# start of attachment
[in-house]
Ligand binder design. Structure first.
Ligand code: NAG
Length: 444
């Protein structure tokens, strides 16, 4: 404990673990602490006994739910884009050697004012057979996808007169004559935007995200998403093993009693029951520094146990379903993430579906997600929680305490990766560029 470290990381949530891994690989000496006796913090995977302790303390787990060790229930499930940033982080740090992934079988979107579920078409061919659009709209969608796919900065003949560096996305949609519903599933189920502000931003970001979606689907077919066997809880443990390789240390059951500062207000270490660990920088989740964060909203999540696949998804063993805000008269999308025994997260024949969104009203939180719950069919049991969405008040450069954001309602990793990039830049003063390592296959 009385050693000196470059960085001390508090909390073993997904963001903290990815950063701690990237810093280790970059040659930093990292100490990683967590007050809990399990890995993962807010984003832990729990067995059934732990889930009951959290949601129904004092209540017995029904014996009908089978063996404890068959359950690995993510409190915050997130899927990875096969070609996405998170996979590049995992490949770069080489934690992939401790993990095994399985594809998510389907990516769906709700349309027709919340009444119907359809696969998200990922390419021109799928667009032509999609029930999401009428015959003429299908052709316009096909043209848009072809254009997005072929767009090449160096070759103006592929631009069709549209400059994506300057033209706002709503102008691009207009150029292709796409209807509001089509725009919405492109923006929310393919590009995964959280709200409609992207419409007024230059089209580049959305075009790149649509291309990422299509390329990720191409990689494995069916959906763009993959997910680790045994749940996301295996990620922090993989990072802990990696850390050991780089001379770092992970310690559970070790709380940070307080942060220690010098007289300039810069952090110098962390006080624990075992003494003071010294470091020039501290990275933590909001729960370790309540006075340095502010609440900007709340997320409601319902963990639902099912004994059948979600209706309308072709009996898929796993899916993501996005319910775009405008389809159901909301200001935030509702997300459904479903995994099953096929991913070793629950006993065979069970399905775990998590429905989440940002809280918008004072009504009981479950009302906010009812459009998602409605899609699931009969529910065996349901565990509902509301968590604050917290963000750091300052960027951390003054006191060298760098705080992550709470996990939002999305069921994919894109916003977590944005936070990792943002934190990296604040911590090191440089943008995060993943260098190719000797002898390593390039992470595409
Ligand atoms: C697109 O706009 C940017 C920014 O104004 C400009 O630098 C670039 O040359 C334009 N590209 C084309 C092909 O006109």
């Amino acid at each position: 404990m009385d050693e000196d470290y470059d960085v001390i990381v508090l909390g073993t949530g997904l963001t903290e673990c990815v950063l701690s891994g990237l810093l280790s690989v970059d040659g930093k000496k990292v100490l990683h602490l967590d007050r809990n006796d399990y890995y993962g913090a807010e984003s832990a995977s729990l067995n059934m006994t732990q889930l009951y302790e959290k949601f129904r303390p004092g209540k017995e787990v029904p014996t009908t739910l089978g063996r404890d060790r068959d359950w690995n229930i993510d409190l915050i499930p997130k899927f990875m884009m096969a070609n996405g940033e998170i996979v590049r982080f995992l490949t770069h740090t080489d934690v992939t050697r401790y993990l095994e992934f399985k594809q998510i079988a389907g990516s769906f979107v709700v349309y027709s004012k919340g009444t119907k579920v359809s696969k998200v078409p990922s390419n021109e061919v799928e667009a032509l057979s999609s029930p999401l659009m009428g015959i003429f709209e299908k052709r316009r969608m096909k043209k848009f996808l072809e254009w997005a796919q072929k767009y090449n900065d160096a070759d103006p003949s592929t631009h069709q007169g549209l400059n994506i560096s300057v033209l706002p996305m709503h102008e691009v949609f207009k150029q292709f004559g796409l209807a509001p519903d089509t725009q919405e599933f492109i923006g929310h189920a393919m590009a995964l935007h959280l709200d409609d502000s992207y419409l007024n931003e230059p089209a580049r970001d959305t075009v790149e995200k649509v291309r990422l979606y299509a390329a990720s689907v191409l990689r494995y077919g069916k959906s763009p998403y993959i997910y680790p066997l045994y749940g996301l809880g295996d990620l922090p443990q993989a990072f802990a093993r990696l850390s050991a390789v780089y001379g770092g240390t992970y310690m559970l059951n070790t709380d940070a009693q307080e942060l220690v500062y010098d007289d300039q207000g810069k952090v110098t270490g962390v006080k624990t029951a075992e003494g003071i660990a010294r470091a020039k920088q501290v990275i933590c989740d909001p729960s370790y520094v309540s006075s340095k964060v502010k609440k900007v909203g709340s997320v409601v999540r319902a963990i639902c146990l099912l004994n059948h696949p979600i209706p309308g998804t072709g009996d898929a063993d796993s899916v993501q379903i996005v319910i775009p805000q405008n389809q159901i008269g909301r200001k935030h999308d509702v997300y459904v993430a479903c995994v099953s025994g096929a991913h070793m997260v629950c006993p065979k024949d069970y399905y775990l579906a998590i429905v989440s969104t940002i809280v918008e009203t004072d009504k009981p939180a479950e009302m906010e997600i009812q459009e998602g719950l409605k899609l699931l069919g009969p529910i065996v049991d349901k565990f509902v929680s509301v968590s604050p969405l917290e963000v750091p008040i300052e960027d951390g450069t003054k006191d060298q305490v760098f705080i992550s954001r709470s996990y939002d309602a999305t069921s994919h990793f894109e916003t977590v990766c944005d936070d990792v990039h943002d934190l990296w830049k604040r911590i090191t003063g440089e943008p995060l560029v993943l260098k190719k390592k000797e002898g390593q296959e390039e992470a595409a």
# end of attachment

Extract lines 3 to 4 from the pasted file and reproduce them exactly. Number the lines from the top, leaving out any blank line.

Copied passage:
Ligand code: NAG
Length: 444